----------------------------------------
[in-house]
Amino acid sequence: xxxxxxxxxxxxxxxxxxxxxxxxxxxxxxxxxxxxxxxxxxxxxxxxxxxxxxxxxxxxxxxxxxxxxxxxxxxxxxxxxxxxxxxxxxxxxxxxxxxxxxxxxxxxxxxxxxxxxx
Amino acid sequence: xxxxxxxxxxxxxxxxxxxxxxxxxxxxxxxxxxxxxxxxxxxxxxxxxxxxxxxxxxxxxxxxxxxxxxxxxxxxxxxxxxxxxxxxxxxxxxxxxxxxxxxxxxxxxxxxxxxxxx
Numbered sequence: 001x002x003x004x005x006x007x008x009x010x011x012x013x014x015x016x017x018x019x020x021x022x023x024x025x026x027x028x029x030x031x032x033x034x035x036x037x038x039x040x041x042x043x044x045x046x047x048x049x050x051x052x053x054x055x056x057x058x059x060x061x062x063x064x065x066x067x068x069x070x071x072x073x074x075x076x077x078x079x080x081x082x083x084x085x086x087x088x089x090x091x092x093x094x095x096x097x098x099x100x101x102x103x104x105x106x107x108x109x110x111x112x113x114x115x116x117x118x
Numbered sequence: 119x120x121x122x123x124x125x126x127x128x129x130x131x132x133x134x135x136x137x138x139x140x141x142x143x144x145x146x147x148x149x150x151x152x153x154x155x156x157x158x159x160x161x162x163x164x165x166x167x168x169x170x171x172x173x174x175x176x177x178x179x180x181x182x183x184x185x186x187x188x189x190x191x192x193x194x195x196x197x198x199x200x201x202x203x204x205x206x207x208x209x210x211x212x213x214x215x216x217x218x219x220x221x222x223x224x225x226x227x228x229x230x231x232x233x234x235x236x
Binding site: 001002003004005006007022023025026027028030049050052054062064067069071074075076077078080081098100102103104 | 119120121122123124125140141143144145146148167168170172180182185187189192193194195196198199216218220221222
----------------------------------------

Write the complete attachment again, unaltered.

[in-house]
Amino acid sequence: xxxxxxxxxxxxxxxxxxxxxxxxxxxxxxxxxxxxxxxxxxxxxxxxxxxxxxxxxxxxxxxxxxxxxxxxxxxxxxxxxxxxxxxxxxxxxxxxxxxxxxxxxxxxxxxxxxxxxx
Amino acid sequence: xxxxxxxxxxxxxxxxxxxxxxxxxxxxxxxxxxxxxxxxxxxxxxxxxxxxxxxxxxxxxxxxxxxxxxxxxxxxxxxxxxxxxxxxxxxxxxxxxxxxxxxxxxxxxxxxxxxxxx
Numbered sequence: 001x002x003x004x005x006x007x008x009x010x011x012x013x014x015x016x017x018x019x020x021x022x023x024x025x026x027x028x029x030x031x032x033x034x035x036x037x038x039x040x041x042x043x044x045x046x047x048x049x050x051x052x053x054x055x056x057x058x059x060x061x062x063x064x065x066x067x068x069x070x071x072x073x074x075x076x077x078x079x080x081x082x083x084x085x086x087x088x089x090x091x092x093x094x095x096x097x098x099x100x101x102x103x104x105x106x107x108x109x110x111x112x113x114x115x116x117x118x
Numbered sequence: 119x120x121x122x123x124x125x126x127x128x129x130x131x132x133x134x135x136x137x138x139x140x141x142x143x144x145x146x147x148x149x150x151x152x153x154x155x156x157x158x159x160x161x162x163x164x165x166x167x168x169x170x171x172x173x174x175x176x177x178x179x180x181x182x183x184x185x186x187x188x189x190x191x192x193x194x195x196x197x198x199x200x201x202x203x204x205x206x207x208x209x210x211x212x213x214x215x216x217x218x219x220x221x222x223x224x225x226x227x228x229x230x231x232x233x234x235x236x
Binding site: 001002003004005006007022023025026027028030049050052054062064067069071074075076077078080081098100102103104 | 119120121122123124125140141143144145146148167168170172180182185187189192193194195196198199216218220221222